Using the psychedelicized prog-punk of Fuzzy Logic
as a foundation, Super Furry Animals
move even further into left field on their second album, Radiator
. As before, the group displays a gift for catchy, deceptively complex melodic hooks, but now its songwriting and arrangements are mind-bogglingly intricate and eclectic. Songs boast intertwining melodies and countermelodies, with guitars and keyboards swirling around the vocals. Similarly, the production is dense and heavy with detail, borrowing heavily from prog rock and psychedelic pop, but pieced together with the invention of techno and played with the energy of punk. It's a heady, impressive kaleidoscope of sounds, but what gives Radiator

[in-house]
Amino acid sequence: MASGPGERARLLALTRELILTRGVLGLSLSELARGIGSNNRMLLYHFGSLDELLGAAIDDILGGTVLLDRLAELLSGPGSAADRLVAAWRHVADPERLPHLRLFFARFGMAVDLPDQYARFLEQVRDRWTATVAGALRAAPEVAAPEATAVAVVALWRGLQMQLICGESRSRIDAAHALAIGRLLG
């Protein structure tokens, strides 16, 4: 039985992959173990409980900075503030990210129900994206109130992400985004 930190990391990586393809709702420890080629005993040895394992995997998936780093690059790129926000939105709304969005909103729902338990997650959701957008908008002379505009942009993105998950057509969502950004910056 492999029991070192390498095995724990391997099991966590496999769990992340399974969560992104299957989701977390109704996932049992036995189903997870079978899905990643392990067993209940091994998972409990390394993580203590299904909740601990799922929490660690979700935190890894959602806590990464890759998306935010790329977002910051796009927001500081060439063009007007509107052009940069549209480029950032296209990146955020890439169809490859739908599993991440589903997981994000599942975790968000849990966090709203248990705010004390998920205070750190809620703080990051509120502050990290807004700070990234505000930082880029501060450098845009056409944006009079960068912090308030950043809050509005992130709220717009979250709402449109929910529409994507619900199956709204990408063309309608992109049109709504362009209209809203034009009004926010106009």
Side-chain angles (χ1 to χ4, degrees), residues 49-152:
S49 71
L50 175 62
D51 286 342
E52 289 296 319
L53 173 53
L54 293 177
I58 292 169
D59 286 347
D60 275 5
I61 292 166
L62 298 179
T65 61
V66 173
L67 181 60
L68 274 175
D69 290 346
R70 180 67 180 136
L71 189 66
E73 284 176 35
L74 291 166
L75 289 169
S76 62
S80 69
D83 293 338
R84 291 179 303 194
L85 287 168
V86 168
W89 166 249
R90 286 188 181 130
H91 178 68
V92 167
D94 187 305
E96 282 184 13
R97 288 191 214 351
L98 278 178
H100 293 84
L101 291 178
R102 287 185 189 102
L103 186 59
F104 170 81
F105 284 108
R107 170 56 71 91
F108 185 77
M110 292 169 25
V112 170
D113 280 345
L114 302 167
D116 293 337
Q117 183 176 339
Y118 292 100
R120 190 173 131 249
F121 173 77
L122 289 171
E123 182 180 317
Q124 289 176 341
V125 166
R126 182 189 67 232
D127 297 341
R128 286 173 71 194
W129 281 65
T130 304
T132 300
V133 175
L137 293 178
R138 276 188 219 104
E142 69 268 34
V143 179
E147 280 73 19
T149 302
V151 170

its weight is the way the sonics complement the songwriting. SFA
's songs are melodic, accessible, and utterly original -- melodically, they may borrow from '60s pop, but they rearrange the clichés in fresh ways. Also, Gruff Rhys
has a fondness for revolutionary politics and the bizarre that helps give Radiator
its intoxicating, otherworldly atmosphere, making it one of the few late-'90s albums that sounds inventive, vibrant, and utterly contemporary.